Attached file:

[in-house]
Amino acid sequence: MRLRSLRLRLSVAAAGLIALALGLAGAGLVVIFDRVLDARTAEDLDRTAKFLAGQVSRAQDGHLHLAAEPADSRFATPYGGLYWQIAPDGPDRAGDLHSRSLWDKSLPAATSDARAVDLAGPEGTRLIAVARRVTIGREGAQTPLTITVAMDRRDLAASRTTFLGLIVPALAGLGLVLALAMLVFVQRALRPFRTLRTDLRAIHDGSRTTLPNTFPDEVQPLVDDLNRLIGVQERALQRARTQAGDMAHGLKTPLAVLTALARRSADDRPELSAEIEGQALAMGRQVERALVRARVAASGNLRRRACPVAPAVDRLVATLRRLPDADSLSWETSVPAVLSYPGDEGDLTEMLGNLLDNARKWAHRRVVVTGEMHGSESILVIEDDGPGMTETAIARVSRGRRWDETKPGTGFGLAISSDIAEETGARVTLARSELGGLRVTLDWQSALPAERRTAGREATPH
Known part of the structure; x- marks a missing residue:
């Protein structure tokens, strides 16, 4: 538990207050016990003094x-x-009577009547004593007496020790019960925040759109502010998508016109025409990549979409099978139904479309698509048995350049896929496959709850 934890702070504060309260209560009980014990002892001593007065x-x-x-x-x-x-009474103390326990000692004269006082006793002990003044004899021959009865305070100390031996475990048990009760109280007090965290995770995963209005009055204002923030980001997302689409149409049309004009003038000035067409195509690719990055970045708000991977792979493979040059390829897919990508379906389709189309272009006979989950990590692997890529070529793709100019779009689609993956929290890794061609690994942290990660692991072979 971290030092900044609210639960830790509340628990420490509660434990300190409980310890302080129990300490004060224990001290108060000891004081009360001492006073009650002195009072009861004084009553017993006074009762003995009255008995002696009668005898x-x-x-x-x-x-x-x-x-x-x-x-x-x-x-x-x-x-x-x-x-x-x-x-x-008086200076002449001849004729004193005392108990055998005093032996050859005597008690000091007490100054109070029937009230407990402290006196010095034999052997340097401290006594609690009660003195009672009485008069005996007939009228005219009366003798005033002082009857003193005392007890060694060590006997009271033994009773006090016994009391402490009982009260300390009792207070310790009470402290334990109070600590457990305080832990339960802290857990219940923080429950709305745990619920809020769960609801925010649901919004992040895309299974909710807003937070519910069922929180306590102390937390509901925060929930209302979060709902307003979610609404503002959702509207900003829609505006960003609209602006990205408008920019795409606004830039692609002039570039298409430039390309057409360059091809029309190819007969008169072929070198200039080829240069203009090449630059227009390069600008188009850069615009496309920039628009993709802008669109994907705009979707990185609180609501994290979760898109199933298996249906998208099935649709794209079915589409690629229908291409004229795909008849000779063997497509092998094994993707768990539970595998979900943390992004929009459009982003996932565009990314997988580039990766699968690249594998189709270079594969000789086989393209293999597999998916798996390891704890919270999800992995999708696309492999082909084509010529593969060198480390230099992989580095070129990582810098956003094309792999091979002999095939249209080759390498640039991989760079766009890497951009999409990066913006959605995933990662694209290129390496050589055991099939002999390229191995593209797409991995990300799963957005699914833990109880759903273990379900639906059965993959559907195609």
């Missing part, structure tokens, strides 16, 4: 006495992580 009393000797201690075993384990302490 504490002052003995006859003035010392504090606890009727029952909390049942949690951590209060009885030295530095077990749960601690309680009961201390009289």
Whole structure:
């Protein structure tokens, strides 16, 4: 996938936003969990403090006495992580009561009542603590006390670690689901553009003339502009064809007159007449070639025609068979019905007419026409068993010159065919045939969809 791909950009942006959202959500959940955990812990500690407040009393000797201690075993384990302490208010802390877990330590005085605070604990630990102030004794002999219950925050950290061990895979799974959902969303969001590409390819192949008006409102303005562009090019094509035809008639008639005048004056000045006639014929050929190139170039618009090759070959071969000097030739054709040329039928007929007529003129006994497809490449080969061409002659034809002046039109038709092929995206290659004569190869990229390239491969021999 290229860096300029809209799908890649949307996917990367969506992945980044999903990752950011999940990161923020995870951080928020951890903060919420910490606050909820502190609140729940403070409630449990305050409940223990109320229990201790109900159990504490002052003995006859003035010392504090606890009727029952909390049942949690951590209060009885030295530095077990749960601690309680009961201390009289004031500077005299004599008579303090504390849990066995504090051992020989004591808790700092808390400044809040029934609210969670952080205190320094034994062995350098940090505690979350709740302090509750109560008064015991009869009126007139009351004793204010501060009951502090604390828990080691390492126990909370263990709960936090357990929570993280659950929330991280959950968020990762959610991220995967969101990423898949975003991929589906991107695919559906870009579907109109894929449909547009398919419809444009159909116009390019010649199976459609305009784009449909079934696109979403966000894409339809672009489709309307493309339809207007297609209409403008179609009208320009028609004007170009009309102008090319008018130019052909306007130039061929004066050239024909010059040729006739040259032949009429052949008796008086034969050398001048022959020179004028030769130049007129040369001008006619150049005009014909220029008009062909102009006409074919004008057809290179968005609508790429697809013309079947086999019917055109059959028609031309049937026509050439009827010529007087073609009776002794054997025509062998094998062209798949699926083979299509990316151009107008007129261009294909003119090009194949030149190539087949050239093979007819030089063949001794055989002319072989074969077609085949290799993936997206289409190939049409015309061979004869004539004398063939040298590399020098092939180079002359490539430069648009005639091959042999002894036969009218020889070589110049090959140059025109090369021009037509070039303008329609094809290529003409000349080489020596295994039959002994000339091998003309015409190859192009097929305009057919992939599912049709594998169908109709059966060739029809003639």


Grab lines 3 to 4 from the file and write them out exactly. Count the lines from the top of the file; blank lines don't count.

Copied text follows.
Known part of the structure; x- marks a missing residue:
């Protein structure tokens, strides 16, 4: 538990207050016990003094x-x-009577009547004593007496020790019960925040759109502010998508016109025409990549979409099978139904479309698509048995350049896929496959709850 934890702070504060309260209560009980014990002892001593007065x-x-x-x-x-x-009474103390326990000692004269006082006793002990003044004899021959009865305070100390031996475990048990009760109280007090965290995770995963209005009055204002923030980001997302689409149409049309004009003038000035067409195509690719990055970045708000991977792979493979040059390829897919990508379906389709189309272009006979989950990590692997890529070529793709100019779009689609993956929290890794061609690994942290990660692991072979 971290030092900044609210639960830790509340628990420490509660434990300190409980310890302080129990300490004060224990001290108060000891004081009360001492006073009650002195009072009861004084009553017993006074009762003995009255008995002696009668005898x-x-x-x-x-x-x-x-x-x-x-x-x-x-x-x-x-x-x-x-x-x-x-x-x-008086200076002449001849004729004193005392108990055998005093032996050859005597008690000091007490100054109070029937009230407990402290006196010095034999052997340097401290006594609690009660003195009672009485008069005996007939009228005219009366003798005033002082009857003193005392007890060694060590006997009271033994009773006090016994009391402490009982009260300390009792207070310790009470402290334990109070600590457990305080832990339960802290857990219940923080429950709305745990619920809020769960609801925010649901919004992040895309299974909710807003937070519910069922929180306590102390937390509901925060929930209302979060709902307003979610609404503002959702509207900003829609505006960003609209602006990205408008920019795409606004830039692609002039570039298409430039390309057409360059091809029309190819007969008169072929070198200039080829240069203009090449630059227009390069600008188009850069615009496309920039628009993709802008669109994907705009979707990185609180609501994290979760898109199933298996249906998208099935649709794209079915589409690629229908291409004229795909008849000779063997497509092998094994993707768990539970595998979900943390992004929009459009982003996932565009990314997988580039990766699968690249594998189709270079594969000789086989393209293999597999998916798996390891704890919270999800992995999708696309492999082909084509010529593969060198480390230099992989580095070129990582810098956003094309792999091979002999095939249209080759390498640039991989760079766009890497951009999409990066913006959605995933990662694209290129390496050589055991099939002999390229191995593209797409991995990300799963957005699914833990109880759903273990379900639906059965993959559907195609």